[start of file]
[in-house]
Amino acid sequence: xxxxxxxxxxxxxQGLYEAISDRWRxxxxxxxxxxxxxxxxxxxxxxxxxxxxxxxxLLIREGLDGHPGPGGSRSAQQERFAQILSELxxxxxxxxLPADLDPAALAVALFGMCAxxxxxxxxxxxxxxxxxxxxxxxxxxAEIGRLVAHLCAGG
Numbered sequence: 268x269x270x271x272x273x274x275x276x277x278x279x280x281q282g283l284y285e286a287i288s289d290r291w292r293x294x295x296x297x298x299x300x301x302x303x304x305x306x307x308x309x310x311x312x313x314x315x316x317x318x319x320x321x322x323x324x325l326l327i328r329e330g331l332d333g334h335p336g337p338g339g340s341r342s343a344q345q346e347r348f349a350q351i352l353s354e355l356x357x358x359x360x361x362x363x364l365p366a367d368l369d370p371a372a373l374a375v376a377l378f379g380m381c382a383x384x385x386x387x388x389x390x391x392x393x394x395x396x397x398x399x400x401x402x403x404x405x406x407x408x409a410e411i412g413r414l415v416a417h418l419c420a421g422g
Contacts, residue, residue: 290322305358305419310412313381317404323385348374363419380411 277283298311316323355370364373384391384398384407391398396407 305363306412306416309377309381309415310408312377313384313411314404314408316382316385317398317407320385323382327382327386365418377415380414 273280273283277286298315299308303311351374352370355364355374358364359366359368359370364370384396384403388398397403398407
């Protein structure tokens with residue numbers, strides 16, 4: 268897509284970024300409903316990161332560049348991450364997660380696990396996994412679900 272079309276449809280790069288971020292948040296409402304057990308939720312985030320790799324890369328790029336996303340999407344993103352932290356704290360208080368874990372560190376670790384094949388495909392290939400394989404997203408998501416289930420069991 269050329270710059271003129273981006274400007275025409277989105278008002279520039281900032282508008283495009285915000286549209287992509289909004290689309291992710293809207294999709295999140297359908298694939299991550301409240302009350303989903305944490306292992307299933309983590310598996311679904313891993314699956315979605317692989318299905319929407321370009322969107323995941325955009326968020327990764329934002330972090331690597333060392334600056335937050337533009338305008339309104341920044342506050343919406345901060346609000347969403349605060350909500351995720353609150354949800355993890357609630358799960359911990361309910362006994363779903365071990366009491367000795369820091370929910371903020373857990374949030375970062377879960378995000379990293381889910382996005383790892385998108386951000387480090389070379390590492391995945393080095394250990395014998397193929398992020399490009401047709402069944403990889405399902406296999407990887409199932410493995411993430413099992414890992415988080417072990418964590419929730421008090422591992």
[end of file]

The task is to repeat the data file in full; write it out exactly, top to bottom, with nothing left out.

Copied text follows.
[in-house]
Amino acid sequence: xxxxxxxxxxxxxQGLYEAISDRWRxxxxxxxxxxxxxxxxxxxxxxxxxxxxxxxxLLIREGLDGHPGPGGSRSAQQERFAQILSELxxxxxxxxLPADLDPAALAVALFGMCAxxxxxxxxxxxxxxxxxxxxxxxxxxAEIGRLVAHLCAGG
Numbered sequence: 268x269x270x271x272x273x274x275x276x277x278x279x280x281q282g283l284y285e286a287i288s289d290r291w292r293x294x295x296x297x298x299x300x301x302x303x304x305x306x307x308x309x310x311x312x313x314x315x316x317x318x319x320x321x322x323x324x325l326l327i328r329e330g331l332d333g334h335p336g337p338g339g340s341r342s343a344q345q346e347r348f349a350q351i352l353s354e355l356x357x358x359x360x361x362x363x364l365p366a367d368l369d370p371a372a373l374a375v376a377l378f379g380m381c382a383x384x385x386x387x388x389x390x391x392x393x394x395x396x397x398x399x400x401x402x403x404x405x406x407x408x409a410e411i412g413r414l415v416a417h418l419c420a421g422g
Contacts, residue, residue: 290322305358305419310412313381317404323385348374363419380411 277283298311316323355370364373384391384398384407391398396407 305363306412306416309377309381309415310408312377313384313411314404314408316382316385317398317407320385323382327382327386365418377415380414 273280273283277286298315299308303311351374352370355364355374358364359366359368359370364370384396384403388398397403398407
């Protein structure tokens with residue numbers, strides 16, 4: 268897509284970024300409903316990161332560049348991450364997660380696990396996994412679900 272079309276449809280790069288971020292948040296409402304057990308939720312985030320790799324890369328790029336996303340999407344993103352932290356704290360208080368874990372560190376670790384094949388495909392290939400394989404997203408998501416289930420069991 269050329270710059271003129273981006274400007275025409277989105278008002279520039281900032282508008283495009285915000286549209287992509289909004290689309291992710293809207294999709295999140297359908298694939299991550301409240302009350303989903305944490306292992307299933309983590310598996311679904313891993314699956315979605317692989318299905319929407321370009322969107323995941325955009326968020327990764329934002330972090331690597333060392334600056335937050337533009338305008339309104341920044342506050343919406345901060346609000347969403349605060350909500351995720353609150354949800355993890357609630358799960359911990361309910362006994363779903365071990366009491367000795369820091370929910371903020373857990374949030375970062377879960378995000379990293381889910382996005383790892385998108386951000387480090389070379390590492391995945393080095394250990395014998397193929398992020399490009401047709402069944403990889405399902406296999407990887409199932410493995411993430413099992414890992415988080417072990418964590419929730421008090422591992």